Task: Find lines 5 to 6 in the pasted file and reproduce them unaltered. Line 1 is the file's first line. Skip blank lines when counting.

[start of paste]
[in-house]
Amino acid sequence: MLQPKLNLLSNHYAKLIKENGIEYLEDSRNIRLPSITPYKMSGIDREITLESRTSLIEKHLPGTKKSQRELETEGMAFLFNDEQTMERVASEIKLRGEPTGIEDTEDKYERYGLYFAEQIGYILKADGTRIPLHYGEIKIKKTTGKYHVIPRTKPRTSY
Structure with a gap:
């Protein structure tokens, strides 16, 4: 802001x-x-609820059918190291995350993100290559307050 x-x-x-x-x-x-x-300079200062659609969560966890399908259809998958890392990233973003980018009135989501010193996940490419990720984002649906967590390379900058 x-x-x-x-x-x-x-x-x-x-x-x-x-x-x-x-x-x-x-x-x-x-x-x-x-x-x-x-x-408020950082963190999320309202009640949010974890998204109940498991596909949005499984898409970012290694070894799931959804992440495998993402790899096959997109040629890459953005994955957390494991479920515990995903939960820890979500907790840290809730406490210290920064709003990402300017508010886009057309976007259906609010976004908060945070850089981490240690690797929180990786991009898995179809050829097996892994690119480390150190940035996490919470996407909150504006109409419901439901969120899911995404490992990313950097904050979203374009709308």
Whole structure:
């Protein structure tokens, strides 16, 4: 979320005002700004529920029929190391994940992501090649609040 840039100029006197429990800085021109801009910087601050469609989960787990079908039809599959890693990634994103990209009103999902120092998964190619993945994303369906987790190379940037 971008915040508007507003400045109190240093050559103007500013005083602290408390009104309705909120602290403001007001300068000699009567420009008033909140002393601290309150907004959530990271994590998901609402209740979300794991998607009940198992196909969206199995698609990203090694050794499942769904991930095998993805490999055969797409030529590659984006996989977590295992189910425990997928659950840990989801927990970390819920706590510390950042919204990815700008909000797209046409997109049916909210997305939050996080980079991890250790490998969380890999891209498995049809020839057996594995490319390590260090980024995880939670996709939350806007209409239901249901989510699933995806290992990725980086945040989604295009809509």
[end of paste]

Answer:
Whole structure:
């Protein structure tokens, strides 16, 4: 979320005002700004529920029929190391994940992501090649609040 840039100029006197429990800085021109801009910087601050469609989960787990079908039809599959890693990634994103990209009103999902120092998964190619993945994303369906987790190379940037 971008915040508007507003400045109190240093050559103007500013005083602290408390009104309705909120602290403001007001300068000699009567420009008033909140002393601290309150907004959530990271994590998901609402209740979300794991998607009940198992196909969206199995698609990203090694050794499942769904991930095998993805490999055969797409030529590659984006996989977590295992189910425990997928659950840990989801927990970390819920706590510390950042919204990815700008909000797209046409997109049916909210997305939050996080980079991890250790490998969380890999891209498995049809020839057996594995490319390590260090980024995880939670996709939350806007209409239901249901989510699933995806290992990725980086945040989604295009809509």